Posted in Productions

The Most Fascinating Human Musical Instrument

The Austrian-Australian film Didgeridoo is the first extensive documenary film about one of the the most fascinating human instruments.
This film was organized in cooperation with the Austrian Ministry of Education and displays the extraordinary contrast between the didgeridoo and Austria.
The Australian original residents (aborigines) developed this fascinatng instrument, which is made from wood hollowed out by termites, and which for thousands of years has produced tones in different rhythmical combinations.  Although originally developed by aborigines for use in rituals, the didgeridoo is now used by people all over the world for many different types of music.
In Austria many groups of people have taken up playing the didgeridoo, almost perfecting a style similar to the music of the original aborigines.  One of these people is the former ski-jumper Alex Mayer, who plays this ancient instrument high over the Tyrolian Alps, accompanied by the singing of his wife.

The film Didgeridoo

With great feeling, Ahmed Radwan projects musicians and their didgeridoos in traditional Austrian countryside scenes and  in this way composes a documentary metaphor to the Australian home of the intrument.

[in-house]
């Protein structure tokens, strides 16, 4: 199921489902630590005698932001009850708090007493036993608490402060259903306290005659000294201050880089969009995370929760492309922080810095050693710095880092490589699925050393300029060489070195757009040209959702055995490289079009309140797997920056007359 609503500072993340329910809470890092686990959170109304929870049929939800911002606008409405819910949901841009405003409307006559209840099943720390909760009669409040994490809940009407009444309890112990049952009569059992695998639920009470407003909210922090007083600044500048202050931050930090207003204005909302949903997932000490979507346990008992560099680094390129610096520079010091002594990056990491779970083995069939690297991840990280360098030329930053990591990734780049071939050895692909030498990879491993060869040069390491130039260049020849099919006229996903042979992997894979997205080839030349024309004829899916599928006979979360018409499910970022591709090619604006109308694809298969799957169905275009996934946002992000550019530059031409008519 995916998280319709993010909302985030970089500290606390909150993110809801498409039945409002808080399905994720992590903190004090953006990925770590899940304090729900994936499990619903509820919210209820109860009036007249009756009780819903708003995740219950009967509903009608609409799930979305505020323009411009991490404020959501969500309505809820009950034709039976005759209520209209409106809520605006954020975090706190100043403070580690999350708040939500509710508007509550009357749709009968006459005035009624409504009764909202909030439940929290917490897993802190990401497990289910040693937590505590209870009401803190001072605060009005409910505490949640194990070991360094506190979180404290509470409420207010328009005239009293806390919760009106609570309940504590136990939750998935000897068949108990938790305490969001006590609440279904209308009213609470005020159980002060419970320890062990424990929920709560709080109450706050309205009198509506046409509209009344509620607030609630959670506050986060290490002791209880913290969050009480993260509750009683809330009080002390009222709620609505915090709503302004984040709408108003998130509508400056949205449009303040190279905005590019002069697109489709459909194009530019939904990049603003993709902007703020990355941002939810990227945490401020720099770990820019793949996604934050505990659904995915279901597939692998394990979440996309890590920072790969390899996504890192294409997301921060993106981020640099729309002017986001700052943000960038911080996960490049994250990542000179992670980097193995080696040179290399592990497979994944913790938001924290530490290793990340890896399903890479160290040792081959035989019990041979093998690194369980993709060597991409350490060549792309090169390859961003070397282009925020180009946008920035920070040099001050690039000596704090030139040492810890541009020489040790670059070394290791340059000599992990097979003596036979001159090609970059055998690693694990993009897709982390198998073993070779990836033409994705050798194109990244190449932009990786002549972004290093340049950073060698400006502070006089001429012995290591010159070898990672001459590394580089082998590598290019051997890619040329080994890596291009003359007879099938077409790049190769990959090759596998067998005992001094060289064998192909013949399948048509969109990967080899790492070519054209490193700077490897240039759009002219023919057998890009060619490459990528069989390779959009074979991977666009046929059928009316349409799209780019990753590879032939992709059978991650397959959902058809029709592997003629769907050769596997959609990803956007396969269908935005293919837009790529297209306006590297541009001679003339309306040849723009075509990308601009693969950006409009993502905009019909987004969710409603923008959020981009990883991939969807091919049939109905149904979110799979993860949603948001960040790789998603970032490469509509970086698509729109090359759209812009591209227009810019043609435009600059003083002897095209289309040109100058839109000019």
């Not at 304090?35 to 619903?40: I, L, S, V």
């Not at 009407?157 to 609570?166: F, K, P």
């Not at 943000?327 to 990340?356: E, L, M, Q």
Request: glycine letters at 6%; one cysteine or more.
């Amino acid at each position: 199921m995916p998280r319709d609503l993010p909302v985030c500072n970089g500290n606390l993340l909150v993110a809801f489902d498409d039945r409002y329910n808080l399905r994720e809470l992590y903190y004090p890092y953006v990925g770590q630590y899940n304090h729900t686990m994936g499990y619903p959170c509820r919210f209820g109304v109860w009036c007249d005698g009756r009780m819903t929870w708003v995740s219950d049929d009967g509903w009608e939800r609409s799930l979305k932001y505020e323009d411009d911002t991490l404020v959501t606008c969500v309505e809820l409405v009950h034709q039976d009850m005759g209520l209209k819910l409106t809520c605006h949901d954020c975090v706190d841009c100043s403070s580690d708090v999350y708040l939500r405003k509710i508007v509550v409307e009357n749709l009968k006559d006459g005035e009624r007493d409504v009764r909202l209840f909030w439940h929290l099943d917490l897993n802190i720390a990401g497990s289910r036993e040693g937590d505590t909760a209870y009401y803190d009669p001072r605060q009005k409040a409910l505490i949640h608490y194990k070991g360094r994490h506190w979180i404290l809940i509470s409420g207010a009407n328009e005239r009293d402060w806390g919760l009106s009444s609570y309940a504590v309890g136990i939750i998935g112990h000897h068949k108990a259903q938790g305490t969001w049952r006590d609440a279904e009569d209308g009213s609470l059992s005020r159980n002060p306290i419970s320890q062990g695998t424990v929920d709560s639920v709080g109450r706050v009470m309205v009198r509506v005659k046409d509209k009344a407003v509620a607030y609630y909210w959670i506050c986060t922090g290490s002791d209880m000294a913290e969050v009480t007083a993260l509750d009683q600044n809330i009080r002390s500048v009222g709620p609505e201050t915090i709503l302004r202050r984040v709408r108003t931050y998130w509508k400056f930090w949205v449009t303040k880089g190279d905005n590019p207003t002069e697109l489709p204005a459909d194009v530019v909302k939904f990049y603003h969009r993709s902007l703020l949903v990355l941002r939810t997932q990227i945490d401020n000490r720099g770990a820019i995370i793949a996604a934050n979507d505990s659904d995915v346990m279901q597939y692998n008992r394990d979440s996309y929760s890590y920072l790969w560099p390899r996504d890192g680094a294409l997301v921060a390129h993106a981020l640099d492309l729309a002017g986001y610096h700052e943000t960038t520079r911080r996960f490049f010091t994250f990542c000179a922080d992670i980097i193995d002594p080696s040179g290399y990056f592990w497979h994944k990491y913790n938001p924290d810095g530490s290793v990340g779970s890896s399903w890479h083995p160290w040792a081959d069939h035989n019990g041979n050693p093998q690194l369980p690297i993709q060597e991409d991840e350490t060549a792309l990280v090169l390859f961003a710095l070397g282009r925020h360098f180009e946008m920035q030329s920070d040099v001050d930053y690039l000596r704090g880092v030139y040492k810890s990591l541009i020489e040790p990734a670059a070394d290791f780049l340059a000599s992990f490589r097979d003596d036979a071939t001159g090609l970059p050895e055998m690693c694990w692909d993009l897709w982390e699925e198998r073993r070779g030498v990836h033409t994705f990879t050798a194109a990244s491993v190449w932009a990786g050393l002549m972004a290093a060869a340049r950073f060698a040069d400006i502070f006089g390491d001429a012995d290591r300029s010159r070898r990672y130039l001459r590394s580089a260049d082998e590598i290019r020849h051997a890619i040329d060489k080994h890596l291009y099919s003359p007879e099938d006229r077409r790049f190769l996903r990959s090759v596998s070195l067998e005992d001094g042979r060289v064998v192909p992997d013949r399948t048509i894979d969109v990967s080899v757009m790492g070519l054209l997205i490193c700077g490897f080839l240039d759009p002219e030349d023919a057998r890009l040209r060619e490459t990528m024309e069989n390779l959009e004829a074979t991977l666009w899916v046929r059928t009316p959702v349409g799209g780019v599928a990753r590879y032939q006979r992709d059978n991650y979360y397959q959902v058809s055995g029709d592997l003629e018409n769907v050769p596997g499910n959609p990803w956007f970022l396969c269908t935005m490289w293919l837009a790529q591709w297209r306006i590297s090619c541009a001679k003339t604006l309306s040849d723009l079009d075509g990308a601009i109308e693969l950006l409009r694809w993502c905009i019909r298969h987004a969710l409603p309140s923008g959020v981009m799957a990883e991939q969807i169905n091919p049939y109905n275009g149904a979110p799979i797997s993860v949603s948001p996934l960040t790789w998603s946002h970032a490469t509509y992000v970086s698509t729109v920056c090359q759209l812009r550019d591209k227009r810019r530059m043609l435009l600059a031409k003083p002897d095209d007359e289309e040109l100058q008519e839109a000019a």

The exceptional sounds of this instrument come from an unusual breathing technique, known as circular breathing.  This film  fully demonstrates how this works.  But cultural aspects are not neglected.  For instance, a Viennese “Gymnasium” school initiated a few years ago, with great enthusiasm of teachers and students alike, the first didgeridoo lessons.  Didgeridoos are also available here in Austria, for example at “Musikhaus BERG.”

Didgeridoo is a trip through the sounds of this exceptional instrument, from its origins in Australia to its spreading popularity in Europe.  The film shows that traditional musical instruments can find justification beyond their original musical forms, and indeed in any time, in every place, and in every musical direction.  This is one more reason why Didgeridoo should have a place in every video archive.